Why Spotify Sucks for Classical Music

Spotify, just released as an invitation-only service in the US, has been around in Europe for a while. I wrote about it for Macworld back in 2009, and here on Kirkville in November 2010 (and just updated the latter).

I’d been thinking about subscribing to Spotify earlier this week, before they announced US availability, and I took the leap today and spent my first €5 to try it out for a month. I’d tried the free ad-infested version before, and I’ve had some gripes, as I wrote about before. But, even without ads, I realized that Spotify sucks for classical music.

One may claim that the Spotify model is not designed for classical music. Nevertheless, there is a lot of classical music available. So you’d think that the Spotify people might consider this group of listeners, and try and offer a service that they would like. Here are the main reasons why Spotify sucks for classical music (some of which apply to Spotify in general).

  1. No gapless playback. I hadn’t noticed this in my tests, in part because I chose to listen to works that didn’t require it, and in part because of the overly loud ads that came in every few minutes. While there are many classical works that you can listen to with gaps, you simply cannot listen to a large number of works – such as most operas, or anything that is composed with movements that have no breaks – without gapless playback.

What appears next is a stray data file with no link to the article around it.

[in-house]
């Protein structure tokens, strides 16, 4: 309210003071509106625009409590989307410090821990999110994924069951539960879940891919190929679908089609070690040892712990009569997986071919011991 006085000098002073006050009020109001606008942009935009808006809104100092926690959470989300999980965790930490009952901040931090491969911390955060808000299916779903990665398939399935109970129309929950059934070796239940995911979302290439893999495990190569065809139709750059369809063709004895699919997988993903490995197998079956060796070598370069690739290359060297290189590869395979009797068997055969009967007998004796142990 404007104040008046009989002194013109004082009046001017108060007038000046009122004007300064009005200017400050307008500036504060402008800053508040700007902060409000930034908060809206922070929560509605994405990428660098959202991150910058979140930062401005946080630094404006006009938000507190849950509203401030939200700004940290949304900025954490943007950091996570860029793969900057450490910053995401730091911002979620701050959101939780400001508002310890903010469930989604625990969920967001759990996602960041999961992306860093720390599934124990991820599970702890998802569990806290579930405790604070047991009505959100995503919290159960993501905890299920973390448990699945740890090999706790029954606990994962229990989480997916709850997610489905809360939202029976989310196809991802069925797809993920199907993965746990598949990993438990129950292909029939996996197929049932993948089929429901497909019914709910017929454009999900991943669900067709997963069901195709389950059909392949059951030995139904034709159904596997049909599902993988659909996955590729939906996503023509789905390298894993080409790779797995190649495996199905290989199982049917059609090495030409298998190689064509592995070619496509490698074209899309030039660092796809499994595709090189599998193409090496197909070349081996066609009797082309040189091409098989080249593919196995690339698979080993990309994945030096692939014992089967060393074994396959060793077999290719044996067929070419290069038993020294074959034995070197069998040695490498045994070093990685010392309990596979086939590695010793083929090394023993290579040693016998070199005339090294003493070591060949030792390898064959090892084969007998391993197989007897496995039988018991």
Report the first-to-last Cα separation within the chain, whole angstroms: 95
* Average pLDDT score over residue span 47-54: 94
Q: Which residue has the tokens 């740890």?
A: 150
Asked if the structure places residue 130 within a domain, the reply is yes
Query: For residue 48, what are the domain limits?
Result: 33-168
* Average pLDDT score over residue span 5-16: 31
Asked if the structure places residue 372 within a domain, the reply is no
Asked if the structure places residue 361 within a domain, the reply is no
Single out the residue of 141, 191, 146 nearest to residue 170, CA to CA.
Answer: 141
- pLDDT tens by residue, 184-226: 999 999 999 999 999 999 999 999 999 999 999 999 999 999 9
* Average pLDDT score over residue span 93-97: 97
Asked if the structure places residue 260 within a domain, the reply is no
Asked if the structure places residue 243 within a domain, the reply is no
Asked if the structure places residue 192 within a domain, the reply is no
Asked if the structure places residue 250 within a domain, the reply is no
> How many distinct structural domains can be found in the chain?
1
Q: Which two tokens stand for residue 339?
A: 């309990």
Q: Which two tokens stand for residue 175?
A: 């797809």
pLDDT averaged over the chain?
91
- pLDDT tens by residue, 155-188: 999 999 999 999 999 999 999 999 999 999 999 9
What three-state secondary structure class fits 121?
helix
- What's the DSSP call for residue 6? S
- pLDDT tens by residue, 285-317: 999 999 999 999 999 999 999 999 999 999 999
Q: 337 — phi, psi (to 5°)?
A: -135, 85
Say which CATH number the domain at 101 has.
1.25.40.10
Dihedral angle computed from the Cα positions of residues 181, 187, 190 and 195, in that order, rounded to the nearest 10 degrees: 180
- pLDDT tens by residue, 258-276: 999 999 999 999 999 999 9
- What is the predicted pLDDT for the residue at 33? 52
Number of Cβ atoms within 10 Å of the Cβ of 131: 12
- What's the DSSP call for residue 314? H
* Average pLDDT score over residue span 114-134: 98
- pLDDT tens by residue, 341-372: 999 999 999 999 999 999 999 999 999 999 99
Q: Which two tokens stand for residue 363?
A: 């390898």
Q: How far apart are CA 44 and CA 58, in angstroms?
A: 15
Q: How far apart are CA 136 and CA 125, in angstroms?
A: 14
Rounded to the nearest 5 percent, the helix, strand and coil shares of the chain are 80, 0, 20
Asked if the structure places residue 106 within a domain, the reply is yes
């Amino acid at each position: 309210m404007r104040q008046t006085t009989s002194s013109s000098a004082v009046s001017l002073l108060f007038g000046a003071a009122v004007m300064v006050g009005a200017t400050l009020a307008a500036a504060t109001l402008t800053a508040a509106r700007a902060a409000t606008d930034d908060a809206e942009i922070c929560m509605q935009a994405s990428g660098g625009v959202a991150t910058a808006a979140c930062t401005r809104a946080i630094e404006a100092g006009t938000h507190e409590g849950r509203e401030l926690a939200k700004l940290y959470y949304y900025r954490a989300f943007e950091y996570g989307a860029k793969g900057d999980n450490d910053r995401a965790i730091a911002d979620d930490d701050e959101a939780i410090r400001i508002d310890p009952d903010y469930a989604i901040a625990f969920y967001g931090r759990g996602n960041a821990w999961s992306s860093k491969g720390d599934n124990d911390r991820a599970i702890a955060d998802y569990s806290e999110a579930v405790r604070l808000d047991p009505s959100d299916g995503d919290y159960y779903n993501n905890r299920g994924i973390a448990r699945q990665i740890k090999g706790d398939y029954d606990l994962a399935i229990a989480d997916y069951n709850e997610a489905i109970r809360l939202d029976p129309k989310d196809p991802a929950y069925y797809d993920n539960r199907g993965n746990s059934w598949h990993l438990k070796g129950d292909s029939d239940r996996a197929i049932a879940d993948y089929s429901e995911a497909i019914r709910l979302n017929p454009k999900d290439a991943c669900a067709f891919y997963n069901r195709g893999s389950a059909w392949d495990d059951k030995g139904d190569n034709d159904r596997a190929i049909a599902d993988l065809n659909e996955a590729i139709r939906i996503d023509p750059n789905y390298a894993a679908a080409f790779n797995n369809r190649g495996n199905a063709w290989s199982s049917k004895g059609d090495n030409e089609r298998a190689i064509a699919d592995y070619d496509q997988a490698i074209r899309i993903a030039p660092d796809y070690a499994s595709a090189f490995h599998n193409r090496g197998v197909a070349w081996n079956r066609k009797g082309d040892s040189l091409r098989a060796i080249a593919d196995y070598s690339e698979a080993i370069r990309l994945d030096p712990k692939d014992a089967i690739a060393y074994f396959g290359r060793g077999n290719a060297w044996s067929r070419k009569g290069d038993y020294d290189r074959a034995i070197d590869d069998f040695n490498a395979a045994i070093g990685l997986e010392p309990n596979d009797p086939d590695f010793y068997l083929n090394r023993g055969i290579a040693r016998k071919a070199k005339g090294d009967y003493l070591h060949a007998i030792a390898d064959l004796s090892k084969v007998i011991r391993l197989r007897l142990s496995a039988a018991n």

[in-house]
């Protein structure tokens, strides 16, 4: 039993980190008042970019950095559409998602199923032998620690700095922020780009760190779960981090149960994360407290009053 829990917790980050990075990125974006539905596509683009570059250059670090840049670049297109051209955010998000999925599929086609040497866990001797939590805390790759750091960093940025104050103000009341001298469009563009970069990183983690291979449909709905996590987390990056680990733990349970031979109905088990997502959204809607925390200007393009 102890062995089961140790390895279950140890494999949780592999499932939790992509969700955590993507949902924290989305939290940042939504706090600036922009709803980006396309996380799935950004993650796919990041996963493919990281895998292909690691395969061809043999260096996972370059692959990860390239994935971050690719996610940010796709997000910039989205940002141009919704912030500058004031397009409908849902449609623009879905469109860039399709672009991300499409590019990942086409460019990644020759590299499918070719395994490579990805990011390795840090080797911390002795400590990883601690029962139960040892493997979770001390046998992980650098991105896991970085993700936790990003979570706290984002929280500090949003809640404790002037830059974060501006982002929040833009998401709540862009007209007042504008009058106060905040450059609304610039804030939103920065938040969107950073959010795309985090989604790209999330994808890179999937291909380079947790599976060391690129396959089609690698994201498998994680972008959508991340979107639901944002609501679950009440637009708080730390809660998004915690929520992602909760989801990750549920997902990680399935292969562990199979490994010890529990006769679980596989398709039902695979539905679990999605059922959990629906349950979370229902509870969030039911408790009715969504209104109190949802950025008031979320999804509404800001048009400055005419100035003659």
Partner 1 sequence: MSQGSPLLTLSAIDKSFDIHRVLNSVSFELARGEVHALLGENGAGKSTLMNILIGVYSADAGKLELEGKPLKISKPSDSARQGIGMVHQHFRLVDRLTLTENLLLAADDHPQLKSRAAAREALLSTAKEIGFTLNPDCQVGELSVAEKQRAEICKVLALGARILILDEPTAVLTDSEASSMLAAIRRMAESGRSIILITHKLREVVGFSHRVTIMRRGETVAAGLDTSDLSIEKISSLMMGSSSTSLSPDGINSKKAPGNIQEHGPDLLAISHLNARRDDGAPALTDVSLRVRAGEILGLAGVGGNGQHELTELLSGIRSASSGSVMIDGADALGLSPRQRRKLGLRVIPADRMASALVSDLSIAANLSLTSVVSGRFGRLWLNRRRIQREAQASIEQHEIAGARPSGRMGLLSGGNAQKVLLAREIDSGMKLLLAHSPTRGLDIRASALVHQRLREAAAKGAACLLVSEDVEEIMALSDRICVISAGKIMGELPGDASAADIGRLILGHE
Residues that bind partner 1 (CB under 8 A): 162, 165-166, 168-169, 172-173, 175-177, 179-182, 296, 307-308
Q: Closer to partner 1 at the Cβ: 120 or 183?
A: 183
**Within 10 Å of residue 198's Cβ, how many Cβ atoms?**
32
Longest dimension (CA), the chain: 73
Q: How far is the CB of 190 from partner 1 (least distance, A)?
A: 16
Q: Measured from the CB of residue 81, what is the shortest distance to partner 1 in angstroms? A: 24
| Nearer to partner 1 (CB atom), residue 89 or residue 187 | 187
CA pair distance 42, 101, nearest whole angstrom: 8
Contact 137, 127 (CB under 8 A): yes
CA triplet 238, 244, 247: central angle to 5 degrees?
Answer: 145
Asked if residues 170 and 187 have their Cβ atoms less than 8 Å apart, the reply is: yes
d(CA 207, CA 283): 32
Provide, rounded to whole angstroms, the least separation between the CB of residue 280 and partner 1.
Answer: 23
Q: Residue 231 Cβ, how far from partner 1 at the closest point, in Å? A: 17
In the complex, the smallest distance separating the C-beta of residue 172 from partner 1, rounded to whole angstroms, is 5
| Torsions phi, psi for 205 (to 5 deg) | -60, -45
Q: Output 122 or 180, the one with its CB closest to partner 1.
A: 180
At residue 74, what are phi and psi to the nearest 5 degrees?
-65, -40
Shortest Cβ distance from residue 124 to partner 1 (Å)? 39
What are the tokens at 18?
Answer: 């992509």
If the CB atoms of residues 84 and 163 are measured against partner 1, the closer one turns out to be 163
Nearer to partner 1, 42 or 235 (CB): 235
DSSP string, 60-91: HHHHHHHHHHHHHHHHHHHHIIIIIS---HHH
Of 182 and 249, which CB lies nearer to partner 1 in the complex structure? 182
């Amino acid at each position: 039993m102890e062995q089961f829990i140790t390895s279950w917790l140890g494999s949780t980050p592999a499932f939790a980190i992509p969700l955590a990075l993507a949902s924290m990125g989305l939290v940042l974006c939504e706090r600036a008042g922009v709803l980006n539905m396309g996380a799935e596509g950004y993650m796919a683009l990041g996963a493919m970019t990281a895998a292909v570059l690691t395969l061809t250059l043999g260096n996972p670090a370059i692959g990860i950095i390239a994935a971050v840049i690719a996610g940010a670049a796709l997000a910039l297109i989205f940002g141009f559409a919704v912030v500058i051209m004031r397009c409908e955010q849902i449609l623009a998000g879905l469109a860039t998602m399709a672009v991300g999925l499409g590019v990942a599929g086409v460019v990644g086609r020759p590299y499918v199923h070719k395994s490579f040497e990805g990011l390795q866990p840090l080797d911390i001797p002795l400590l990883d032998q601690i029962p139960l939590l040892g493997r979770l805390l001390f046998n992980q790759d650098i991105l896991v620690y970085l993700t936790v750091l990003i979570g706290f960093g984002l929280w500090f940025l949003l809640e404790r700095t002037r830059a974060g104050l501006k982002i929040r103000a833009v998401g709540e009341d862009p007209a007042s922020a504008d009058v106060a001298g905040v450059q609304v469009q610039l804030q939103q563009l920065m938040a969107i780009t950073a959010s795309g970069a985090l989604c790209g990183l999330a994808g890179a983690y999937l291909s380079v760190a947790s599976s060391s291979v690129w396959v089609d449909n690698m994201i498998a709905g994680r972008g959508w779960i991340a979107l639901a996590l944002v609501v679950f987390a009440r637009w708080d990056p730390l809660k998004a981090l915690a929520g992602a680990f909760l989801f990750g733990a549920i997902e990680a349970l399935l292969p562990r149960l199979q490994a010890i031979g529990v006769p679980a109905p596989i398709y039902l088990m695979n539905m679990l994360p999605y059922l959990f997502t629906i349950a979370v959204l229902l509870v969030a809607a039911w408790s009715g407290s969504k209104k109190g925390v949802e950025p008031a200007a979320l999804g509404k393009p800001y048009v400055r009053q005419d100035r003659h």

2. Search sucks. I’ve written about Spotify’s sucky search before. Andres Sehr of Spotify replied in the comments to that article, saying that:

    Rather then automate discovery we’ve worked hard on making music more social, ensuring that you can see and share all your playlists with friends (via our Facebook connection in particular) and discover new music socially through twitter, blogs, etc.

    Well, this really doesn’t work that well for classical music.

    Here’s an example of why search really sucks. In the screen shot below, you can see that I searched for Alfred Brendel. There’s an elipsis (…) at the end showing that there’s more. Yet the only way to see more is to click on the artist’s name.